North Korea generates a lot of books, but a surprising number of them are highly specialized: the nuclear issue; the Kim family; leadership politics; refugees; the famine; propaganda. But for some time, we have lacked a general introduction to the place; indeed, historian Bruce Cumings’ North Korea: Another Country and journalist Bradley K. Martin’s Under the Loving Care of the Fatherly Leader—both from 2004—are the last entries that really seek to cover the waterfront.
Victor Cha has solved that problem with his highly-readable The Impossible State: North Korea, Past and Future. A work of synthesis in the best sense, the book also adds a lot of value both from Cha’s experience at the Bush administration’s NSC and from his own research. Among the many useful tables and figures in the book are an exhaustive record of the security assurances the US has offered North Korea from 1989 through 2011, a survey of Kim Jong Il’s precise itinerary on his China trips, a list of missile tests, and a great, one-page table that shows how all—all—of North Korea’s provocations have come during periods when negotiations had broken down or were suspended.
In a number of chapters, Cha reviews history with a fresh eye. For example, Chapter Two—The Best Days—reminds us that the narrative of the starving, isolated hermit kingdom is surprisingly recent. For many years, it was South Korea that looked like the basket case. Well into the 1970s, the balance of power on the peninsula was by no means as clear and Kim Il Sung enjoyed some ideological, Third-Worldist advantages from his focus on self-reliance.
Chapter Three walks through the family, while Chapter Four looks at the process of decay through what Cha calls “five bad decisions”: the early emphasis on heavy industry; the subordination of economics to ideology; the massive diversion of resources to the military; the propensity to engage in massive white elephant projects; and the failure to avoid famine. That gets it right to us. The failure to stick with a program of incremental reformism and the subsequent birth of what Cha calls “neojuche revivalism”—another bon mot we wish we had coined—placed the country on a trajectory of sustained economic decline.
Chapter Five provides a compact summary of the humanitarian disasters—the political system and gulags, the refugees, the famine.
The remainder of the book discusses the geopolitics, beginning with the logic of deterrence. Cha expresses a number of his reservations about the stability of the deterrent; these were first articulated in his highly teachable debate with Dave Kang in Nuclear North Korea: A Debate on Engagement Strategies. Cha worries about our inability to deter the North Korean missile program and lower level provocations, but also fears that miscalculation could even lead to general war. We side with Kang and place a somewhat lower probability on this outcome; indeed, we are amazed about how the North Koreans can continually come up with provocations that fall just short of a serious military response: missile and nuclear tests, incidents at sea, the Cheonan and island shelling, now GPS jamming. They are masters. But of course, we can never rule out an action that the US and the ROK could simply not let pass.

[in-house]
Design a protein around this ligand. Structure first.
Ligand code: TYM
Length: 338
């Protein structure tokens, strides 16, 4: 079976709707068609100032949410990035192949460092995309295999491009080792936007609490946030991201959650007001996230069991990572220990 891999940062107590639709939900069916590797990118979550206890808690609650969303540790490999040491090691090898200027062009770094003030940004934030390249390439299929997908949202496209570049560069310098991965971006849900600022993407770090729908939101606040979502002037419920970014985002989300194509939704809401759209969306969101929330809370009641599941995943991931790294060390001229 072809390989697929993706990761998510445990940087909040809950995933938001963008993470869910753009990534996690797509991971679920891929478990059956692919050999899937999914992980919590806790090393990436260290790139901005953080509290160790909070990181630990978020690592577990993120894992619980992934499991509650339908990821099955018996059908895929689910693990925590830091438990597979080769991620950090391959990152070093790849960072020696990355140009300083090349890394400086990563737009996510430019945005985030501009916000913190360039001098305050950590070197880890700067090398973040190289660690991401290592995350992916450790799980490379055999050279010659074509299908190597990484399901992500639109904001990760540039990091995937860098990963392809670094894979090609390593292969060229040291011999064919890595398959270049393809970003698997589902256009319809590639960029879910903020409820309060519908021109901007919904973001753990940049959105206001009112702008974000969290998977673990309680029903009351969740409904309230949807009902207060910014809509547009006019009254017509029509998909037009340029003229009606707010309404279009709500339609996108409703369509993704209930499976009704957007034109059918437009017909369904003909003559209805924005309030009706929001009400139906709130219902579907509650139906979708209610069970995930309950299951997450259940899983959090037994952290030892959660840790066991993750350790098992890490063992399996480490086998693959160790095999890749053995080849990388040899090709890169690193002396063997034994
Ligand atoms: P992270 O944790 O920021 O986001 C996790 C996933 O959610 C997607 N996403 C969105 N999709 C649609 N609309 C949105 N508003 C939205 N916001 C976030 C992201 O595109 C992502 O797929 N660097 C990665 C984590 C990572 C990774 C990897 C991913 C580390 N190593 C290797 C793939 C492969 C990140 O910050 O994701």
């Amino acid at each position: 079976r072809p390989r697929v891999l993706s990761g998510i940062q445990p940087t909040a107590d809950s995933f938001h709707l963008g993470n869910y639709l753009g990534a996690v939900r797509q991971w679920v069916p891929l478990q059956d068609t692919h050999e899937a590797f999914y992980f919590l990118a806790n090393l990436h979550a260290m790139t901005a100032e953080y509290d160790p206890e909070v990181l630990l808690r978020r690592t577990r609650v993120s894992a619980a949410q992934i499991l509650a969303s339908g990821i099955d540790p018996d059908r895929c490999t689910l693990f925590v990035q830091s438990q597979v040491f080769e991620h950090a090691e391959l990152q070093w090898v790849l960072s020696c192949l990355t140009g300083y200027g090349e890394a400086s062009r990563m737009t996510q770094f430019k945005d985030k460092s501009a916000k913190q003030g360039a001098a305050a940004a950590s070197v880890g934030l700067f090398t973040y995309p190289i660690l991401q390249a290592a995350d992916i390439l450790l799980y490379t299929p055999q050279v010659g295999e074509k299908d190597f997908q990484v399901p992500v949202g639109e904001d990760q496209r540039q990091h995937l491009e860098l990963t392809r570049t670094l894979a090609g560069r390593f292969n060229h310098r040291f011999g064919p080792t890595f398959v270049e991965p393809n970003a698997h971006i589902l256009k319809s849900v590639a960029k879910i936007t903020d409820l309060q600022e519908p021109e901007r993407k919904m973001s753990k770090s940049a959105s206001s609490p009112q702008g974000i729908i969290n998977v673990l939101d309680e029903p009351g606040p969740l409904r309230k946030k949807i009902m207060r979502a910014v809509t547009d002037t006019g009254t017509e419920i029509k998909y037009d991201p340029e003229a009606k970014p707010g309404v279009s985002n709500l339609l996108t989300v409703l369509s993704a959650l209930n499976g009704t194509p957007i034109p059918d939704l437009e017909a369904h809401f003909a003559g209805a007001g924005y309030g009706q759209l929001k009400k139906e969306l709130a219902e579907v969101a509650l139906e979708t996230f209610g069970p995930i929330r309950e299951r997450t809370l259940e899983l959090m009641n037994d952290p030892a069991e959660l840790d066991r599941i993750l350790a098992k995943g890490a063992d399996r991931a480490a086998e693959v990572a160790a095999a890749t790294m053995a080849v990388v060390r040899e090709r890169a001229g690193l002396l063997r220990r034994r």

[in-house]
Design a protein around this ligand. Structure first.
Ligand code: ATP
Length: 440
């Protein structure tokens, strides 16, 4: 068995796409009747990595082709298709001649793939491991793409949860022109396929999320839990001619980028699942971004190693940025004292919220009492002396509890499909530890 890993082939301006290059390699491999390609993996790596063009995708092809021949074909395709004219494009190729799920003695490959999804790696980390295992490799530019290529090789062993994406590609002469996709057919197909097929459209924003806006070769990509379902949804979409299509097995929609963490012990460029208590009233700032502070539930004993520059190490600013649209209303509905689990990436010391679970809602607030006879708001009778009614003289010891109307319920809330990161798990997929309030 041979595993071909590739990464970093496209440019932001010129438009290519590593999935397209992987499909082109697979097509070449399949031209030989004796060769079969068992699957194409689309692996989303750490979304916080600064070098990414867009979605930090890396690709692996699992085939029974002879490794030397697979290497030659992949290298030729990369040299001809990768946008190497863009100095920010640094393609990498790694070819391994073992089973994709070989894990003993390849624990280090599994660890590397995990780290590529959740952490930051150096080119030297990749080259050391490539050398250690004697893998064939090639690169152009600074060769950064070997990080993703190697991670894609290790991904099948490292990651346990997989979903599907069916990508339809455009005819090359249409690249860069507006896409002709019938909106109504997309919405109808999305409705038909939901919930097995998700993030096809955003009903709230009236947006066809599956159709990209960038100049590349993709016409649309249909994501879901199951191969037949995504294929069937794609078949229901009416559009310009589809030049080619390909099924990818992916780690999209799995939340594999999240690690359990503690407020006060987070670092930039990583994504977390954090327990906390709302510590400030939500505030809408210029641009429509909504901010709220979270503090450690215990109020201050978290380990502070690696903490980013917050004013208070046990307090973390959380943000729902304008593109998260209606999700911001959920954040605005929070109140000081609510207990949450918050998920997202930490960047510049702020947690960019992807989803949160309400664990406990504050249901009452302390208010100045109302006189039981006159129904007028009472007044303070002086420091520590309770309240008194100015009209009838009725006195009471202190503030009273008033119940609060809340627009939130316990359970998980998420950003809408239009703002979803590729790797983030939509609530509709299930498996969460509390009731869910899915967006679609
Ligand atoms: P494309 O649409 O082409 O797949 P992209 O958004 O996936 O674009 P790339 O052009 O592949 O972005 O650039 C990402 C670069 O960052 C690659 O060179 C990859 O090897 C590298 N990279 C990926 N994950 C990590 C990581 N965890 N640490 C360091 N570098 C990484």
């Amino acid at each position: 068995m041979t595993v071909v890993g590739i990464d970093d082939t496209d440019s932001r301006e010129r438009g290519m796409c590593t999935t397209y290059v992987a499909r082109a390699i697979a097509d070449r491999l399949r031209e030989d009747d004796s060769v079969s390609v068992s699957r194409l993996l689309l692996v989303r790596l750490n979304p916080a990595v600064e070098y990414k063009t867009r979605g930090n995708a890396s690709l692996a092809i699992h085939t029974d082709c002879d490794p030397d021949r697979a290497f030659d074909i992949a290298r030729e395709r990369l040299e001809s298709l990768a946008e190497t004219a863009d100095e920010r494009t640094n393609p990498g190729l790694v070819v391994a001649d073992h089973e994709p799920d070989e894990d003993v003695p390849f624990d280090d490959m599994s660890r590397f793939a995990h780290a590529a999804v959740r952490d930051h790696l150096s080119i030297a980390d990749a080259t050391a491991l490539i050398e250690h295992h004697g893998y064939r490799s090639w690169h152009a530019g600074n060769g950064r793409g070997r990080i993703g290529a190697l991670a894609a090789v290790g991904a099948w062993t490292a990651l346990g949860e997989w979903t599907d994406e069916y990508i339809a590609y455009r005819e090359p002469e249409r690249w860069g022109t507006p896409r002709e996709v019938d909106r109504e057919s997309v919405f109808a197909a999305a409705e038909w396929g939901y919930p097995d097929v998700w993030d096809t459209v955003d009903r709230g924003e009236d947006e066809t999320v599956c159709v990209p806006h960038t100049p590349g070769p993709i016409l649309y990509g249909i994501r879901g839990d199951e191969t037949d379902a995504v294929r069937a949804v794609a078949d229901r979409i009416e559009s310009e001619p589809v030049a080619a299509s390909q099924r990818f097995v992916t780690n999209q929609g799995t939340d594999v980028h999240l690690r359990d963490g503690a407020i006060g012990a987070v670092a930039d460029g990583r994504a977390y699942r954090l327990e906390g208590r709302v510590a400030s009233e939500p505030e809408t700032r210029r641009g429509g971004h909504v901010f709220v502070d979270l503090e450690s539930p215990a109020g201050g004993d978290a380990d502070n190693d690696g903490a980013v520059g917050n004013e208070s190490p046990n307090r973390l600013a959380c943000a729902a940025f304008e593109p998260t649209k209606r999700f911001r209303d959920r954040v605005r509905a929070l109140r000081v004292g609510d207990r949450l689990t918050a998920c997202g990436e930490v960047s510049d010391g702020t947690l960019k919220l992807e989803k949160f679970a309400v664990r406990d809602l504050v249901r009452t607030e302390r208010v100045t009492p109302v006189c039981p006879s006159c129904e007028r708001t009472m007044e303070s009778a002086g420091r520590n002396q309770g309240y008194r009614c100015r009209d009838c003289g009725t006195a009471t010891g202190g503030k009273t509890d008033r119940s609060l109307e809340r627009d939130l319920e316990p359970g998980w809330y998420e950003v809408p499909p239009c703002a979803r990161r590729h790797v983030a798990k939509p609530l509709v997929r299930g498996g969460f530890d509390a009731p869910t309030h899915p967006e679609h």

The discussion of the Six Party Talks benefits from Cha’s experience, although there is the natural tendency to justify time in office. We take a somewhat more jaundiced view of the Bush administration’s follies, particularly in its factionalized first term. We believe that administrations should not be given credit for scrambling to clean up problems of their own making (our correct views on everything can be found in our recent East-West Center monograph). But in the end, we side with Cha’s bottom line that “the problem is not the United States, stupid.” The problem is the underlying choices that the North Korean regime itself has taken.
Separate chapters detail the logic of Sino-DPRK and North-South relations.
It would be remiss to agree with all that another North Korea watcher says, so we introduce at least one sour note on which we genuinely wished that Cha was right: his quite bold public statement in the New York Times that “North Korea as we know it is over” and that the regime would not survive the death of Kim Jong Il. In fact, a lot of that editorial was about how China would effectively prop the regime up by turning North Korea into a province of the PRC; we have been arguing that that process has been going on for some time and it hardly augurs the end of the regime. To the contrary.
The last chapter of the book, called “The End is Near,” introduces a lot more nuance into the NYT argument. Cha goes through a whole series of structural factors that were at work in the Arab Spring that are lacking in North Korea, including growth giving rise to rising expectations, the demographic profile (a young, underemployed population), contagion, and the partially-democratic nature of a number of the most vulnerable authoritarian regimes in the Middle East.
Nonetheless Cha rightly notes that we have not predicted a lot of authoritarian collapses and thus we should be preparing ourselves for the possibility. Even if we have different priors in this regard than Cha, that insight is basically right; Cha and Dave Kang have been directing a project on how to think about such contingency planning by drawing on experience in other conflicts. As for the title of the last chapter, from Cha’s lips to God’s ears.
In short, a highly readable introduction to the country, but with plenty for so-called experts to quarrel with as well.